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Thermodynamics Qualifying Exam

Study Material

The candidate is expected to have a thorough understanding of undergraduate engineeringthermodynamics topics. These topics are listed below for clarification. Not all instructors cover

exactly the same material during a course, thus it is important for the candidate to closely

examine the subject areas listed below. The textbooks listed below are a good source for thereview and study of a majority of the listed topics. One final note, the example problems made

available to the candidates are from past exams and do not cover all subject material. These

problems are not to be used as the only source of study material. The topics listed below should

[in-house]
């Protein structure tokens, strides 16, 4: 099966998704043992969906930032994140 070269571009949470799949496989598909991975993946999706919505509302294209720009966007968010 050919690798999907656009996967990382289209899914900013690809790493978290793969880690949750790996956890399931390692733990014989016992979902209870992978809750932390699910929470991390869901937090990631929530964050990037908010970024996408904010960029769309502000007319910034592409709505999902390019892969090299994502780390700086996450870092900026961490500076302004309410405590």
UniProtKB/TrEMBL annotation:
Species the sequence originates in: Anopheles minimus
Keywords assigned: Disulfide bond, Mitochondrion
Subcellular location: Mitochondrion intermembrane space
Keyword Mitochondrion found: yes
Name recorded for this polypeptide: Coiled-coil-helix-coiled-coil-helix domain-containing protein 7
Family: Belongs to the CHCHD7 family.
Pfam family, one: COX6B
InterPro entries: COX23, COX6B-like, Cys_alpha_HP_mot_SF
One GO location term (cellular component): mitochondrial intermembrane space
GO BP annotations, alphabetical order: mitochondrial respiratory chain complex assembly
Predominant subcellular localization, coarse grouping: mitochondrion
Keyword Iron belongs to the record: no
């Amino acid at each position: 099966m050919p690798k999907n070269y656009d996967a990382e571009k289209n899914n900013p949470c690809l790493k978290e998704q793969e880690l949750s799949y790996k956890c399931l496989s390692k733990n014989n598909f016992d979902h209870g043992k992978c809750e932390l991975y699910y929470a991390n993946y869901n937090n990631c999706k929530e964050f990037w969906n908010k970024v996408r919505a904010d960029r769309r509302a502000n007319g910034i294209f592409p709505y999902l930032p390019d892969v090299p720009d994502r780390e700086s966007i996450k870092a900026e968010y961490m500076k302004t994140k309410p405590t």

be your guide for what you are responsible for knowing.

Suggested textbook: Fundamentals of Engineering Thermodynamics, 4

thEd., Michael Mortan and Howard

Shapiro, (John Wiley & Sons, pub.)

Thermodynamics: An Engineering Approach, 4th

Ed., Yunus Cengal and Michael Boles,

(McGraw Hill, pub.)

Fundamentals of Classical Thermodynamics, 4th Ed., Gordon Van Wylen, RichardSonntag, and Claus Borgnakke, (John Wiley & Sons, pub.)

Topic areas:

1. Properties of pure substances.

a. Identify states from properties

b. Using equations of state and general compressibility charts/tables

2. First Law

a. Application to closed and open systems b. Steady and unsteady formulations and use

3. Entropy and Second Lawa. Definition of entropy

b. Carnot efficiencyc. Application to closed and open systems